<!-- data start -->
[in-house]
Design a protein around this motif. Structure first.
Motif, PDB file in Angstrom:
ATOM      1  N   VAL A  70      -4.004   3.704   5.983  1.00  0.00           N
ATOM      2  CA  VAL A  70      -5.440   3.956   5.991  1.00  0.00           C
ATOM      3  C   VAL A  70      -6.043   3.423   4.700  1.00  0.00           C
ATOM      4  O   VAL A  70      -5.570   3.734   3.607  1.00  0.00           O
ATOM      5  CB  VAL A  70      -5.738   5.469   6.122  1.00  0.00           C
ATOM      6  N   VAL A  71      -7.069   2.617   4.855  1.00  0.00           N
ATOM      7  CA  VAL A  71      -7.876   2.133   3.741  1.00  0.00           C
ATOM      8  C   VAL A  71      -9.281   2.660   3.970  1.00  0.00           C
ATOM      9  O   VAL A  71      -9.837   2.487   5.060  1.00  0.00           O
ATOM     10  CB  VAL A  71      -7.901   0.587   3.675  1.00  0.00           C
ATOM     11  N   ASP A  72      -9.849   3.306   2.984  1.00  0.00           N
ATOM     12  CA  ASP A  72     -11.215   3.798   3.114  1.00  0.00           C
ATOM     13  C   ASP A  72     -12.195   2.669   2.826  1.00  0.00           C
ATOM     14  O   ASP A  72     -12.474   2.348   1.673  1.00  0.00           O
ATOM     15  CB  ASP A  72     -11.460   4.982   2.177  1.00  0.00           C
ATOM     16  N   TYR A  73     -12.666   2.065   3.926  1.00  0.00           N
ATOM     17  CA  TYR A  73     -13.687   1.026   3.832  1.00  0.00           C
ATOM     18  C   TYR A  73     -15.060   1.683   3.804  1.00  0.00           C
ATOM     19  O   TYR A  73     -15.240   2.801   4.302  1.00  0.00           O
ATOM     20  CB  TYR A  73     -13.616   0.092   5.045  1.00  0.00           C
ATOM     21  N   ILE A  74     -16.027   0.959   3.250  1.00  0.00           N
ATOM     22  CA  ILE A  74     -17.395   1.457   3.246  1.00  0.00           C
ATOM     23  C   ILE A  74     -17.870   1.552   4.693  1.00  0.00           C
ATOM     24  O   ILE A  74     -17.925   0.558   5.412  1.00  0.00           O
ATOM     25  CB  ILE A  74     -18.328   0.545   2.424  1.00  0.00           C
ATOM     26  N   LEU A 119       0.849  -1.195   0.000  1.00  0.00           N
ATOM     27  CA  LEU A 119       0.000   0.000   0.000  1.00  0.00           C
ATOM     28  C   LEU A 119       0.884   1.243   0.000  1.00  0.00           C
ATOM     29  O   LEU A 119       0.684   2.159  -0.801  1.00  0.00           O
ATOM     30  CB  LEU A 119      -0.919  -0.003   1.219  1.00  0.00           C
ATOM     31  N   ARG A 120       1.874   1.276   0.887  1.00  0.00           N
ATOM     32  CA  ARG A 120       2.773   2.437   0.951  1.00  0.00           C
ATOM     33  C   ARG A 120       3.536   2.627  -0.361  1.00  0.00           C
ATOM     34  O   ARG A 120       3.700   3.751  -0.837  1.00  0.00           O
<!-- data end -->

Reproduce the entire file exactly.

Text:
[in-house]
Design a protein around this motif. Structure first.
Motif, PDB file in Angstrom:
ATOM      1  N   VAL A  70      -4.004   3.704   5.983  1.00  0.00           N
ATOM      2  CA  VAL A  70      -5.440   3.956   5.991  1.00  0.00           C
ATOM      3  C   VAL A  70      -6.043   3.423   4.700  1.00  0.00           C
ATOM      4  O   VAL A  70      -5.570   3.734   3.607  1.00  0.00           O
ATOM      5  CB  VAL A  70      -5.738   5.469   6.122  1.00  0.00           C
ATOM      6  N   VAL A  71      -7.069   2.617   4.855  1.00  0.00           N
ATOM      7  CA  VAL A  71      -7.876   2.133   3.741  1.00  0.00           C
ATOM      8  C   VAL A  71      -9.281   2.660   3.970  1.00  0.00           C
ATOM      9  O   VAL A  71      -9.837   2.487   5.060  1.00  0.00           O
ATOM     10  CB  VAL A  71      -7.901   0.587   3.675  1.00  0.00           C
ATOM     11  N   ASP A  72      -9.849   3.306   2.984  1.00  0.00           N
ATOM     12  CA  ASP A  72     -11.215   3.798   3.114  1.00  0.00           C
ATOM     13  C   ASP A  72     -12.195   2.669   2.826  1.00  0.00           C
ATOM     14  O   ASP A  72     -12.474   2.348   1.673  1.00  0.00           O
ATOM     15  CB  ASP A  72     -11.460   4.982   2.177  1.00  0.00           C
ATOM     16  N   TYR A  73     -12.666   2.065   3.926  1.00  0.00           N
ATOM     17  CA  TYR A  73     -13.687   1.026   3.832  1.00  0.00           C
ATOM     18  C   TYR A  73     -15.060   1.683   3.804  1.00  0.00           C
ATOM     19  O   TYR A  73     -15.240   2.801   4.302  1.00  0.00           O
ATOM     20  CB  TYR A  73     -13.616   0.092   5.045  1.00  0.00           C
ATOM     21  N   ILE A  74     -16.027   0.959   3.250  1.00  0.00           N
ATOM     22  CA  ILE A  74     -17.395   1.457   3.246  1.00  0.00           C
ATOM     23  C   ILE A  74     -17.870   1.552   4.693  1.00  0.00           C
ATOM     24  O   ILE A  74     -17.925   0.558   5.412  1.00  0.00           O
ATOM     25  CB  ILE A  74     -18.328   0.545   2.424  1.00  0.00           C
ATOM     26  N   LEU A 119       0.849  -1.195   0.000  1.00  0.00           N
ATOM     27  CA  LEU A 119       0.000   0.000   0.000  1.00  0.00           C
ATOM     28  C   LEU A 119       0.884   1.243   0.000  1.00  0.00           C
ATOM     29  O   LEU A 119       0.684   2.159  -0.801  1.00  0.00           O
ATOM     30  CB  LEU A 119      -0.919  -0.003   1.219  1.00  0.00           C
ATOM     31  N   ARG A 120       1.874   1.276   0.887  1.00  0.00           N
ATOM     32  CA  ARG A 120       2.773   2.437   0.951  1.00  0.00           C
ATOM     33  C   ARG A 120       3.536   2.627  -0.361  1.00  0.00           C
ATOM     34  O   ARG A 120       3.700   3.751  -0.837  1.00  0.00           O